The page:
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Week in erddig.

Byline: with Glyn Smith

NOW that Erddig Hall has closed for the winter recess we can start the autumn tidy up. Leaves that have blown into the borders can be collected and composted and many of our herbaceous plants that have already died down can be cut down to the ground and cleared away.

Some plants and grasses that have beautiful seed heads will be left to add interest in the winter garden and attract garden birds.

The leaves of our Agapanthus have turned a bright yellow and are quite attractive but as they die down they will turn to a slimy mess, so we will have to watch for just the right moment to clear them away.

Some plants are still doing well. The autumn flowering bulbs nerine bowdenii are putting on a brave display with their deep pink lily type flowers, and some of the last fiery coloured chrysanthemums and ageing purple flowers of sedum spectabile add to the autumn leaf colours of shrubs and trees around the garden.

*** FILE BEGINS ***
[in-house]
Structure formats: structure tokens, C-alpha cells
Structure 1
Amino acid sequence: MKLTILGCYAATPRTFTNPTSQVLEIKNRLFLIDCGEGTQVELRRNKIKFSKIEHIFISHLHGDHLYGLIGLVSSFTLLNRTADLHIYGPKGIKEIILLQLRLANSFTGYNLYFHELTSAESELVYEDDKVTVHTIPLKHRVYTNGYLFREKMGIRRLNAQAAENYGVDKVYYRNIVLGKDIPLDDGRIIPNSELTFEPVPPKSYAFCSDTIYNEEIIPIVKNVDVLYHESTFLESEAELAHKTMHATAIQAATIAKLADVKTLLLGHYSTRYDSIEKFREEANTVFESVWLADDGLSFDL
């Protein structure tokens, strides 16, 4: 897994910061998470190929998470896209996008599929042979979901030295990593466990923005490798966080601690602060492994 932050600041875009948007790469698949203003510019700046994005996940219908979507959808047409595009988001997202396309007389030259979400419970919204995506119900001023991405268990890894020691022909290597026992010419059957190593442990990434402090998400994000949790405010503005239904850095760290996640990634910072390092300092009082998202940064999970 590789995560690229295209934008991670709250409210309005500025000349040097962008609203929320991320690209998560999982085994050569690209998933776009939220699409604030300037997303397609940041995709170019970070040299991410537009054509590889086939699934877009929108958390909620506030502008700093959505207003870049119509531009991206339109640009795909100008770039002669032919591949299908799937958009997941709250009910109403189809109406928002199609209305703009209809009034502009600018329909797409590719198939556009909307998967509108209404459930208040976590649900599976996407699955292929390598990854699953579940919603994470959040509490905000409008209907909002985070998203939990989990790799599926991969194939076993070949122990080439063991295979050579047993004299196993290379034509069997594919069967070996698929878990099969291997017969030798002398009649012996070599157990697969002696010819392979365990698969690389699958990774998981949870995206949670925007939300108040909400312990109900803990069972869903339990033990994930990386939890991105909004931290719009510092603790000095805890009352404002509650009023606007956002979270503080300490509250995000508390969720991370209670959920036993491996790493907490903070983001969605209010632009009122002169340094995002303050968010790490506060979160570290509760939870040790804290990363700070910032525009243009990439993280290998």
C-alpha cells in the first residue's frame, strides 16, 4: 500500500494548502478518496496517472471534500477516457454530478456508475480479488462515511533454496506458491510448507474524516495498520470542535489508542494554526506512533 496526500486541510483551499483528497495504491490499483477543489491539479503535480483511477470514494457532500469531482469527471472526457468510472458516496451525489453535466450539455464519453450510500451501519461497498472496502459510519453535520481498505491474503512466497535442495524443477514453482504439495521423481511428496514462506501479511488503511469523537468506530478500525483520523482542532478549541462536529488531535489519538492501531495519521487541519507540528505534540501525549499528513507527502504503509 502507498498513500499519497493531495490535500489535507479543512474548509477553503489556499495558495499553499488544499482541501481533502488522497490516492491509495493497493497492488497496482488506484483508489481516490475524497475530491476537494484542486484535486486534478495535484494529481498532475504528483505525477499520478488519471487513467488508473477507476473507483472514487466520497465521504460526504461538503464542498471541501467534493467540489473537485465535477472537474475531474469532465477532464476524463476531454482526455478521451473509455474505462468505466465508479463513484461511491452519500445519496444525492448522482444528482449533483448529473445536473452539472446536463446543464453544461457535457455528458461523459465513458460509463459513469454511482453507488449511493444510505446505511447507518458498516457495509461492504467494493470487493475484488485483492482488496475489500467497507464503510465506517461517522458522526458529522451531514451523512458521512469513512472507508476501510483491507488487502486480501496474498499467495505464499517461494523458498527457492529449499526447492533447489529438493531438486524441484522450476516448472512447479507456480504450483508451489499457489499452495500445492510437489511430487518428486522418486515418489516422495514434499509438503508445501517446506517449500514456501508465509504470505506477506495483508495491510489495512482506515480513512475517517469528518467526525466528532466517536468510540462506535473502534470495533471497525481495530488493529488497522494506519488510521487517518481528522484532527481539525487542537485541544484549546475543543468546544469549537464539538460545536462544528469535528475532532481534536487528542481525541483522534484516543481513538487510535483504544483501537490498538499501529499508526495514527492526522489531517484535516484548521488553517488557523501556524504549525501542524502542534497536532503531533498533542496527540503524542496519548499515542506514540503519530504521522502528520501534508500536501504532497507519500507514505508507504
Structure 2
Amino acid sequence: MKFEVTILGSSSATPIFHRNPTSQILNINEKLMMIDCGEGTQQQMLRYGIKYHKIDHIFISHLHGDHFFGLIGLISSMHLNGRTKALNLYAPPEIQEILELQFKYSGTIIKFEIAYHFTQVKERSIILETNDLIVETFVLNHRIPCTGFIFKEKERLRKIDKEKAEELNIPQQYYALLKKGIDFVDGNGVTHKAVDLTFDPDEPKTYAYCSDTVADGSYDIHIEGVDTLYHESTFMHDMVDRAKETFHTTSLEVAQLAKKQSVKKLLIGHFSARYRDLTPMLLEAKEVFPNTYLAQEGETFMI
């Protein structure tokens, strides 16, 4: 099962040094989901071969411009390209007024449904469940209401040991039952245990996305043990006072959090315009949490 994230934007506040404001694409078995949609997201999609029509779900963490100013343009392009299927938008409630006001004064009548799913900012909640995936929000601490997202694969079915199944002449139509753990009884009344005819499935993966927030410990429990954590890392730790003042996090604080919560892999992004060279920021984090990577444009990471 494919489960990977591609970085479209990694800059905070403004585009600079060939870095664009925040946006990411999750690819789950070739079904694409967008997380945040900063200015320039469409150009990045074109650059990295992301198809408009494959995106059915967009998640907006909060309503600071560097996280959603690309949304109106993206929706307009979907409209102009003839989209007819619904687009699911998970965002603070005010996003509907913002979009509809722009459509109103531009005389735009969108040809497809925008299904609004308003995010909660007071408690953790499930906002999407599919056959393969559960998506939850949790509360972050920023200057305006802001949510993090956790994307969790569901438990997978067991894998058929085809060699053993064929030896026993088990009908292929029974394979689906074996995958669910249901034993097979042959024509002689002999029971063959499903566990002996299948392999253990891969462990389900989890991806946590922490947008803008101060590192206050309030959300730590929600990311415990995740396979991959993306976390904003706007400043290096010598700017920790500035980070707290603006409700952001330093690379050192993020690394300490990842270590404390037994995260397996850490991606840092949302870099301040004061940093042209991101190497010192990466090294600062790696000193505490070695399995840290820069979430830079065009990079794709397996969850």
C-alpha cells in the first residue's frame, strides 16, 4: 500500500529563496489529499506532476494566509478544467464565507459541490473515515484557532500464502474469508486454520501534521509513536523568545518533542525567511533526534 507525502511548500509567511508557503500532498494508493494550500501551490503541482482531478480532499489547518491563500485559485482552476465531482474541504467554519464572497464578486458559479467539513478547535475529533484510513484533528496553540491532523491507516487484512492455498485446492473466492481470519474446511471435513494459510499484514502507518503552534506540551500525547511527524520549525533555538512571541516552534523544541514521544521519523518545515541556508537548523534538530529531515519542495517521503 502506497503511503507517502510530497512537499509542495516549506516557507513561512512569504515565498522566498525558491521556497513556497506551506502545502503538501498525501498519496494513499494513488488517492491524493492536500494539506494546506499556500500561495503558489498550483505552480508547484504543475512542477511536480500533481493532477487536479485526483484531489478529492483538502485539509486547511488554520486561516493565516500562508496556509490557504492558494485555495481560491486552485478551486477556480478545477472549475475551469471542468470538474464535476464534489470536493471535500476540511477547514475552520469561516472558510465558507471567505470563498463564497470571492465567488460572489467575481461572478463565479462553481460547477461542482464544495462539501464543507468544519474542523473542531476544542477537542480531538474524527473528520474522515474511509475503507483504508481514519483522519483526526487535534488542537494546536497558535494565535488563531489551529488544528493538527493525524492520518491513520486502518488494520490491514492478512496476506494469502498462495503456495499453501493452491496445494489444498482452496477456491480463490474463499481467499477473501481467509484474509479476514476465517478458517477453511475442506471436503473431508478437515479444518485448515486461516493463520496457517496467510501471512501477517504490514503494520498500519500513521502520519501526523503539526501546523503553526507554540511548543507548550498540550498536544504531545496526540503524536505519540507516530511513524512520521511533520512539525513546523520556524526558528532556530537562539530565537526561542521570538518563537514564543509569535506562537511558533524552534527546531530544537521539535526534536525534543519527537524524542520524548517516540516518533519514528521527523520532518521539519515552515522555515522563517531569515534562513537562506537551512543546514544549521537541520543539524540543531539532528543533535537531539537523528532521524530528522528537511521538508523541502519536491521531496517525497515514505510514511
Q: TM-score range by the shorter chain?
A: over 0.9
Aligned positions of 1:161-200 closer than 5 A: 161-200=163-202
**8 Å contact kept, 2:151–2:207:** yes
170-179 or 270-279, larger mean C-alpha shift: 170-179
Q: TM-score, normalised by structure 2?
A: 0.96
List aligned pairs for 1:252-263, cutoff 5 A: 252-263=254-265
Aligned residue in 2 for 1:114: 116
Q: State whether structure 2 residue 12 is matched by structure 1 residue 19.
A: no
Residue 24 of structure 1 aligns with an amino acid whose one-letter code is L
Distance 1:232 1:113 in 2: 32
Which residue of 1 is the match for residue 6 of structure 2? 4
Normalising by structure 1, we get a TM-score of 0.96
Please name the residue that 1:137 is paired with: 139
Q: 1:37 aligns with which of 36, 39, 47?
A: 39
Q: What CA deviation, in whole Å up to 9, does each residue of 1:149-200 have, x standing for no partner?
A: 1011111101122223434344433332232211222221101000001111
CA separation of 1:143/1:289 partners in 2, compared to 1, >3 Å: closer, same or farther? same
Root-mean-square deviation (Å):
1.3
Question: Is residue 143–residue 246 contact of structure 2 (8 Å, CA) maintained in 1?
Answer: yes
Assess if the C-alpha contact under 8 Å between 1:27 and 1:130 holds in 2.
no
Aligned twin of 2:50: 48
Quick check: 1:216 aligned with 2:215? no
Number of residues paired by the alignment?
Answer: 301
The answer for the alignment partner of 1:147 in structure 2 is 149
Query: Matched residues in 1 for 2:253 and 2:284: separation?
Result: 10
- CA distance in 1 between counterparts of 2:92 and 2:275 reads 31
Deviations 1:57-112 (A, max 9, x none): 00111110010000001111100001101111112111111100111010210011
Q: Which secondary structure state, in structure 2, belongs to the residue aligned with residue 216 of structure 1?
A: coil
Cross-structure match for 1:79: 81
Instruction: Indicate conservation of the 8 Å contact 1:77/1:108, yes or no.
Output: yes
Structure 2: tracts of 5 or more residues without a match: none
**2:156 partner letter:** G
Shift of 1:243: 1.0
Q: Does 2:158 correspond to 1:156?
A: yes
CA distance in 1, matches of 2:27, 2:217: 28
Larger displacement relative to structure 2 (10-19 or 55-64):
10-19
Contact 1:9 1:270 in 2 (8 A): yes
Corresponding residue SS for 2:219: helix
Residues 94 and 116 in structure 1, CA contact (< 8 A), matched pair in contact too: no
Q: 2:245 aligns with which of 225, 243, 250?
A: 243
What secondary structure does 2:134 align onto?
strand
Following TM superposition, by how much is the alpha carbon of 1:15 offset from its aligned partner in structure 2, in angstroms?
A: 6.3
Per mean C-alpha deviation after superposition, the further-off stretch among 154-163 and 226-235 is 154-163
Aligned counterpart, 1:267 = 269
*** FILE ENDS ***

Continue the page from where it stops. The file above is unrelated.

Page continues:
One of the most valuable and rarely seen autumn flowering border plants that we have is the liriope muscari.

This is a member of the lily family that only grows a foot tall. It has grass-like foliage from which emerge spikes of tiny,closely packed,bright mauve flower buds. The buds never actually seem to open properly but they last for several weeks.

The sunflower display we planted earlier this year still has an odd flower or two brightening the short days but most of the heads have finished and set seed. We will leave these for a while yet before pulling them up as the sunflower seeds are attracting blue tits to feed on them.

In the Victorian Garden the beds of patio roses are flowering again and giving quite a good display.

Soon we will take the opportunity to prune the purple clematis jackmannii and rose dorothy perk ins that are trained on rustic poles.

I know what you are thinking: the roses should have been pruned well before now and the clematis ought to be pruned in the spring.

Well we have to break the gardening rules here a bit as we have to choose a time between the two seasons, when the clematis has finished flowering and is dying down, top rune it back so that we can train and tie in the roses.

Glyn Smith is National Trust head gardener at Erddig Hall,Wrexham
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Title Annotation:Features
Publication:Daily Post (Liverpool, England)
Date:Nov 8, 2003
Words:410
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